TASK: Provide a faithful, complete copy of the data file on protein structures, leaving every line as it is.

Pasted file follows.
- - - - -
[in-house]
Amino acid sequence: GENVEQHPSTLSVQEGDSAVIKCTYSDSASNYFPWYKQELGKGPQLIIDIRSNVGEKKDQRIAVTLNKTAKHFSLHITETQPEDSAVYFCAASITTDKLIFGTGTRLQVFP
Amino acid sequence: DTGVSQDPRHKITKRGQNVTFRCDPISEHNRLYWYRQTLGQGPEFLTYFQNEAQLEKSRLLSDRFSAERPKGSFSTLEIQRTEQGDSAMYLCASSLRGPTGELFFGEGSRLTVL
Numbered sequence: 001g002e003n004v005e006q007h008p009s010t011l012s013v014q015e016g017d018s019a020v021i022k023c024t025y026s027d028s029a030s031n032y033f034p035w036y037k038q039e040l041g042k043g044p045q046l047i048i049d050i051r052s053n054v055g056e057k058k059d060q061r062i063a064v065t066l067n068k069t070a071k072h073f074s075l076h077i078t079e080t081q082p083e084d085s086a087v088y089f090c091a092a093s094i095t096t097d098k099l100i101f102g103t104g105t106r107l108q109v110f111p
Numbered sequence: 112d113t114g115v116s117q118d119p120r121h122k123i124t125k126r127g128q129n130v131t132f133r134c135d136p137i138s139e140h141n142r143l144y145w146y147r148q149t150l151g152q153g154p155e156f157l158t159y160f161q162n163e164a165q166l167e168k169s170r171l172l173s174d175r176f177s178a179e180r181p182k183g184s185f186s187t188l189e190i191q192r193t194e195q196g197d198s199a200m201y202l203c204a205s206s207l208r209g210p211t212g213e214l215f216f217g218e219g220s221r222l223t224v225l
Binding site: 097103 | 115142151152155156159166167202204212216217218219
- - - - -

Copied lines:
[in-house]
Amino acid sequence: GENVEQHPSTLSVQEGDSAVIKCTYSDSASNYFPWYKQELGKGPQLIIDIRSNVGEKKDQRIAVTLNKTAKHFSLHITETQPEDSAVYFCAASITTDKLIFGTGTRLQVFP
Amino acid sequence: DTGVSQDPRHKITKRGQNVTFRCDPISEHNRLYWYRQTLGQGPEFLTYFQNEAQLEKSRLLSDRFSAERPKGSFSTLEIQRTEQGDSAMYLCASSLRGPTGELFFGEGSRLTVL
Numbered sequence: 001g002e003n004v005e006q007h008p009s010t011l012s013v014q015e016g017d018s019a020v021i022k023c024t025y026s027d028s029a030s031n032y033f034p035w036y037k038q039e040l041g042k043g044p045q046l047i048i049d050i051r052s053n054v055g056e057k058k059d060q061r062i063a064v065t066l067n068k069t070a071k072h073f074s075l076h077i078t079e080t081q082p083e084d085s086a087v088y089f090c091a092a093s094i095t096t097d098k099l100i101f102g103t104g105t106r107l108q109v110f111p
Numbered sequence: 112d113t114g115v116s117q118d119p120r121h122k123i124t125k126r127g128q129n130v131t132f133r134c135d136p137i138s139e140h141n142r143l144y145w146y147r148q149t150l151g152q153g154p155e156f157l158t159y160f161q162n163e164a165q166l167e168k169s170r171l172l173s174d175r176f177s178a179e180r181p182k183g184s185f186s187t188l189e190i191q192r193t194e195q196g197d198s199a200m201y202l203c204a205s206s207l208r209g210p211t212g213e214l215f216f217g218e219g220s221r222l223t224v225l
Binding site: 097103 | 115142151152155156159166167202204212216217218219